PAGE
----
iKids Winter 2014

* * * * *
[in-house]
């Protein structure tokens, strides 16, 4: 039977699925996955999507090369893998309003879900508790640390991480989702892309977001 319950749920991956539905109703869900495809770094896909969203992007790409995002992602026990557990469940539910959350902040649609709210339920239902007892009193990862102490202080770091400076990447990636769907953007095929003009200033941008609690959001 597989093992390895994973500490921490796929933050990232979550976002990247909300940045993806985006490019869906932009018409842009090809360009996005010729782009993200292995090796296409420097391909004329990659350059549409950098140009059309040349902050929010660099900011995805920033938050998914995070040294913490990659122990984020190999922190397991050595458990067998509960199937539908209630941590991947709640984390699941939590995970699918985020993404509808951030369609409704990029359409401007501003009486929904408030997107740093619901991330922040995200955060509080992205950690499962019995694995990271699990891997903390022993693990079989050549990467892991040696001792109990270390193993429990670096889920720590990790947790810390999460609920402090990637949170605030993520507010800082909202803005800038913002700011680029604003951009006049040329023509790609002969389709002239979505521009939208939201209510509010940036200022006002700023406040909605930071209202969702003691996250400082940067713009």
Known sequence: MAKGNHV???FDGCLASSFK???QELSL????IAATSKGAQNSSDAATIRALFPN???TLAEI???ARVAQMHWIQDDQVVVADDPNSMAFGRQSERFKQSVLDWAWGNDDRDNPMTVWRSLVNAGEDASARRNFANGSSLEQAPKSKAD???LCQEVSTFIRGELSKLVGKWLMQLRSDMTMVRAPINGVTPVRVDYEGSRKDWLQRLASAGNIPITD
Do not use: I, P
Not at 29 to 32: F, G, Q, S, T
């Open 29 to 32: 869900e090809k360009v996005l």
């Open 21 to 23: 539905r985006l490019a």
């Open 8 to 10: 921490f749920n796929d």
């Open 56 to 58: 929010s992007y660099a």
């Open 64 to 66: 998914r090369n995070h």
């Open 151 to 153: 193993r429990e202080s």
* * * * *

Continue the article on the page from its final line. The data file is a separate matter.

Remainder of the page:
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ikids_Winter 2014 16 Winter 2014 • Volume 3, Issue 1 vp & publisher Jocelyn Christie editorial Lana Castleman Editor & Content Director Wendy Goldman Getzler Editor, iKids Jeremy Dickson Features Editor Gary Rusak Senior Writer Writers and Contributors Amanda Burgess (Toronto) Elizabeth Grant (Toronto) business development and advertising sales (416) 408-2300, 1-800-KID-4512 Myles Hobbs Associate Publisher Jonathan Abraham Account Manager Vakis Boutsalis Marketing Coordinator creative Creative Manager Andrew Glowala Junior Art Director Kate Whelan Production/Distribution Supervisor Robert Lines audience services Director of Audience Services and Production Jennifer Colvin Manager, Audience Services Christine McNalley corporate President & CEO Russell Goldstein VP & Editorial Director Mary Maddever VP of Finance & Administration Linda Lovegrove VP & Chief Information Officer Omri Tintpulver VP & Realscreen Publisher Claire Macdonald Customer care To make a change to an existing subscription, please contact us by email: Fax: 416.408.0249 Tel: 416.408.2448 Subscriptions iKids is published 4 times per year by Brunico Communications ltd. Subscribe to iKids today at Opinion columns appearing in iKids/Kidscreen do not necessarily reflect the views of the magazine or its parent company Brunico Communications ltd. All letters sent to iKids/Kidscreen or its editors are assumed intended for publication. iKids/Kidscreen invites editorial comment, but accepts no responsibility for its loss, damage or destruction, howsoever arising, while in its offices, in transit or elsewhere. All material to be returned must be accompanied by a self-addressed, stamped envelope. Nothing may be reproduced in whole or in part without the written permission of the publisher. © Brunico Communications ltd. 2014 ® Kidscreen is a registered trademark of Brunico Communications ltd. be currenT Content needs to naturally appeal to the demo- graphics of the target audience. The internet moves at a phenomenal speed and what's hot today can rapidly become yesterday's news. ensure you're up to date on the needs of young people. Vloggers spend hours each day chatting to their followers, recording vlogs and researching their topic of expertise to ensure that they are staying ahead of the pack. be TrAnSPArenT Tweens and teens are bombarded by brand messaging and ads, so they don't want You- Tube videos to be overly commercial, too. recently, there have been talks to introduce stricter rules around Vlogger activity by the Advertising Standards Authority in the UK. Although most Vloggers are upfront when it comes to stating which products have been endorsed by sponsors, others can be more vague and therefore open the floodgates to an abuse of trust. SuMMInG uP… Young people are growing up in a society where social media usage is second nature. The ever-growing popularity of social media sites such as YouTube, Facebook and Twitter— and their incoming competitors—provides brands with a greater opportunity than ever to take these key ingredients and produce a recipe for a successful campaign. Findings in this article are sourced from Plan- et Media—The Kids Space series of reports published by Platypus. For more information on how to purchase this report or any other report in the Kids Space series please email Base; 1000 young people aged 8-16 years old. Figures obtained from YouTube on 20.12/2013. Most popular amongst kids taking part in our survey. Most popular Vloggers Channel Description Number of YouTube followers Pewdiepie Comedy/gaming 18,277,709 Yogscast Gaming 6,402,435 The Syndiate Project Gaming 6,310,438 KSI Comedy/gaming 4,465,767 Zoella Beauty 3,255,060 Jacksgap Comedy/travel 3,100,755 Danisnotonfire Comedy 2,961,918

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